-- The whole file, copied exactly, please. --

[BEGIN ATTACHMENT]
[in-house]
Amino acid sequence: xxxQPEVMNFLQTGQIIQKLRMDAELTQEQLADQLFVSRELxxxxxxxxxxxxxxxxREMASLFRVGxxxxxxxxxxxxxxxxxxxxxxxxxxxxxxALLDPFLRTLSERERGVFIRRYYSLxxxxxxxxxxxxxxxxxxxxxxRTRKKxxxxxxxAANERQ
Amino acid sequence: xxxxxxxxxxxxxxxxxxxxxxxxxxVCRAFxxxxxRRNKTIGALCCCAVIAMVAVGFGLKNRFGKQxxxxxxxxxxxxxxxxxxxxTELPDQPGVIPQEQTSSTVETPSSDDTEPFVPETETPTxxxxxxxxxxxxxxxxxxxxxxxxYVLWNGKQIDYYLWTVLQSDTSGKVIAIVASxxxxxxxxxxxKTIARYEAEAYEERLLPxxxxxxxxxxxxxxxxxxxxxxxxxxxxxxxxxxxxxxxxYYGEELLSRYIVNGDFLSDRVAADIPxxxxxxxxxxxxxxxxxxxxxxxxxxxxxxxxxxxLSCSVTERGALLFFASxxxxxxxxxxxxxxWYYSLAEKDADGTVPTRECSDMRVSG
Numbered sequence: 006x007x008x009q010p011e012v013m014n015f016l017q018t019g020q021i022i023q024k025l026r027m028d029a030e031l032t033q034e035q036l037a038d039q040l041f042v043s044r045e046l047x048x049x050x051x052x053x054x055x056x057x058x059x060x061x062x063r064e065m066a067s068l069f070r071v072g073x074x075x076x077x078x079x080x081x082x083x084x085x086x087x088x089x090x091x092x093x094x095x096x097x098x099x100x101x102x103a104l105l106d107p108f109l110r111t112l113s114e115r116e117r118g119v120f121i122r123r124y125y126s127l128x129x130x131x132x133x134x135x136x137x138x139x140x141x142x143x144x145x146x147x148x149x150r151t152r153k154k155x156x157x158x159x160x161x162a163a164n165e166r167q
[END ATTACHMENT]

[in-house]
Amino acid sequence: xxxQPEVMNFLQTGQIIQKLRMDAELTQEQLADQLFVSRELxxxxxxxxxxxxxxxxREMASLFRVGxxxxxxxxxxxxxxxxxxxxxxxxxxxxxxALLDPFLRTLSERERGVFIRRYYSLxxxxxxxxxxxxxxxxxxxxxxRTRKKxxxxxxxAANERQ
Amino acid sequence: xxxxxxxxxxxxxxxxxxxxxxxxxxVCRAFxxxxxRRNKTIGALCCCAVIAMVAVGFGLKNRFGKQxxxxxxxxxxxxxxxxxxxxTELPDQPGVIPQEQTSSTVETPSSDDTEPFVPETETPTxxxxxxxxxxxxxxxxxxxxxxxxYVLWNGKQIDYYLWTVLQSDTSGKVIAIVASxxxxxxxxxxxKTIARYEAEAYEERLLPxxxxxxxxxxxxxxxxxxxxxxxxxxxxxxxxxxxxxxxxYYGEELLSRYIVNGDFLSDRVAADIPxxxxxxxxxxxxxxxxxxxxxxxxxxxxxxxxxxxLSCSVTERGALLFFASxxxxxxxxxxxxxxWYYSLAEKDADGTVPTRECSDMRVSG
Numbered sequence: 006x007x008x009q010p011e012v013m014n015f016l017q018t019g020q021i022i023q024k025l026r027m028d029a030e031l032t033q034e035q036l037a038d039q040l041f042v043s044r045e046l047x048x049x050x051x052x053x054x055x056x057x058x059x060x061x062x063r064e065m066a067s068l069f070r071v072g073x074x075x076x077x078x079x080x081x082x083x084x085x086x087x088x089x090x091x092x093x094x095x096x097x098x099x100x101x102x103a104l105l106d107p108f109l110r111t112l113s114e115r116e117r118g119v120f121i122r123r124y125y126s127l128x129x130x131x132x133x134x135x136x137x138x139x140x141x142x143x144x145x146x147x148x149x150r151t152r153k154k155x156x157x158x159x160x161x162a163a164n165e166r167q